Millions of people in the tropics derive benefits through the management of tree species diversity, and from the genetic variation within these species, in forests and farmland. People depend on trees for food, medicine, fuel, tools, fodder for livestock and shade.
Conserving and sustainably managing forest biodiversity, including forest genetic resources (FGRs), is critically important. Trees provide ecosystem services such as soil and water conservation, carbon sequestration, pollination, and mitigation of the effects of natural pest predators.
Insights on diversity are critical to understanding the domestication and dispersal of tree species, managing their genetic resources and setting conservation priorities.
Previously, conservation of FGRs centred on in situ approaches, and in particular in national parks and forest reserves. The design and location of these conservation areas are rarely driven by genetic principles. FTA has characterized the genetic diversity of tree species to assist both conservation actions and sustainable management.
Data on tree species supports management of FGRs and resilient forest landscapes, including in the Amazon.
As part of “FTA’s highlights of a decade,” a new series focusing on the programme main results since inception in 2011, FTA is now publishing the volume on Conservation of Tree Biodiversity and Sustainable Forest Management. The publication outlines the relevance and impact of FTA’s work in this research domain at the global level and how it contributed to shape some of the key stakeholders’ agendas.
It illustrates how FAO’s Global Plan of Action to implement a global monitoring system for FGRs benefitted from FTA’s support, integrating our analysis of vulnerability of tree species. FTA also contributed to FAO’s State of the World’s Biodiversity for Food and Agriculture. Biodiversity’s role in supporting both environmental and dietary sustainability are summarized in a global report.
As a result of FTA’s work, the 12th Conference of Parties to the Convention on Biological Diversity (CBD) called for increased attention to native species and their genetic diversity in conservation and restoration.
FTA scientists have also designed various approaches to track forest degradation. Although the issue receives considerable global attention in policy processes, there is no generally accepted way to define or measure it. FTA provided better understanding of the complex dynamics at play, paving the way for improved policies to address the phenomenon at different scales.
Participatory monitoring approaches reviewed by FTA scientists found that information produced through collaborative learning was used more often in decision making related to forest management than evidence-based information was.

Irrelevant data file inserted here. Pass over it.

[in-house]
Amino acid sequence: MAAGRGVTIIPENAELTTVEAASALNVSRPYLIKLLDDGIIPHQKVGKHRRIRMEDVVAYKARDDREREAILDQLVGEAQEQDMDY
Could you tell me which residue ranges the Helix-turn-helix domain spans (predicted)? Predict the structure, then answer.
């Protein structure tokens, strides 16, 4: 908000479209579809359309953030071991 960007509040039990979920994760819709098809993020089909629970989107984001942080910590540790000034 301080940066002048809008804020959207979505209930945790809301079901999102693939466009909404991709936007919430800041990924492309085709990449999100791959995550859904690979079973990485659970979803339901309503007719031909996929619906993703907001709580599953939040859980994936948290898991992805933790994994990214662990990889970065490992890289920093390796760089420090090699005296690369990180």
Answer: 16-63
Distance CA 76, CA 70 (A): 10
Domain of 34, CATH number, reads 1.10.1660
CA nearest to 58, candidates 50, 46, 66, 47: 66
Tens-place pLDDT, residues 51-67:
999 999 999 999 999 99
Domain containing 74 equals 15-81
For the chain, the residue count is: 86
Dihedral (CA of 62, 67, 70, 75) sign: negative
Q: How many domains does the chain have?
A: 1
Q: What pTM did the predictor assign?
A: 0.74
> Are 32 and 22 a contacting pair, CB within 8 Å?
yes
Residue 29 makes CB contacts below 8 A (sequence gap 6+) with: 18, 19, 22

The publication discusses a number of case studies and arguments for better understanding FGRs in the global context.
FTA’s work in Guatemala in community forestry has shown it can reconcile management with conservation of both forests and FGRs, while providing livelihood benefits. In Burkina Faso research has shown how gender norms affect tenure patterns related to the highly valuable tree species Parkia biglobosa or néré. FTA researchers also studied how to increase women’s participation in inclusive management of native fruit trees in Malaysia and India.
In northwestern Peru and southern Ecuador, local ecological knowledge showed great potential in selecting tree species that need to be conserved or restored. Collaborations with local and indigenous people have been critical in understanding biodiversity dynamics at the intraspecific level.
Although adequate genetic diversity is a precondition for successful forest landscape restoration (FLR), restoration projects worldwide typically use seed and seedlings of limited genetic diversity. FTA provides tools for better better integrating FRGs in FLR.
The publication illustrates the relationships between biodiversity and ecosystem services, and between biodiversity and carbon. It points to how trees on farms (TonF) make a critical contribution to biodiversity conservation in agricultural landscapes, especially with the current shift from collection of NTFPs to agroforestry systems, which requires an assessment of all the benefits that rural people obtain from various tree species.
Finally, the publication analyzes the links between logging (selectively managed vs illegal) and forest biodiversity and spotlights the Tropical managed Forests Observatory (TmFO), an FTA innovation that brings together 18 research institutions in a global network that cross-correlates and analyses data from tropical logged forests over 600 sites. The TmFO database helps users understand the long-term effects of deforestation and forest change on ecosystems.
FTA also contributed to setting up the Global Timber Tracking Network, which promotes the use of innovative tools to identify tree species and determine the geographic origin of traded wood, such as analyses of DNA samples from timber to detecting potential illegal logging.
Download the publication to find out more about FTA’s work on biodiversity and how critically important it is to conserve and sustainably manage forest biodiversity (including forest genetic resources, or FGRs) to address climate change issues, food and nutrition security, livelihood opportunities and forest ecosystem resilience.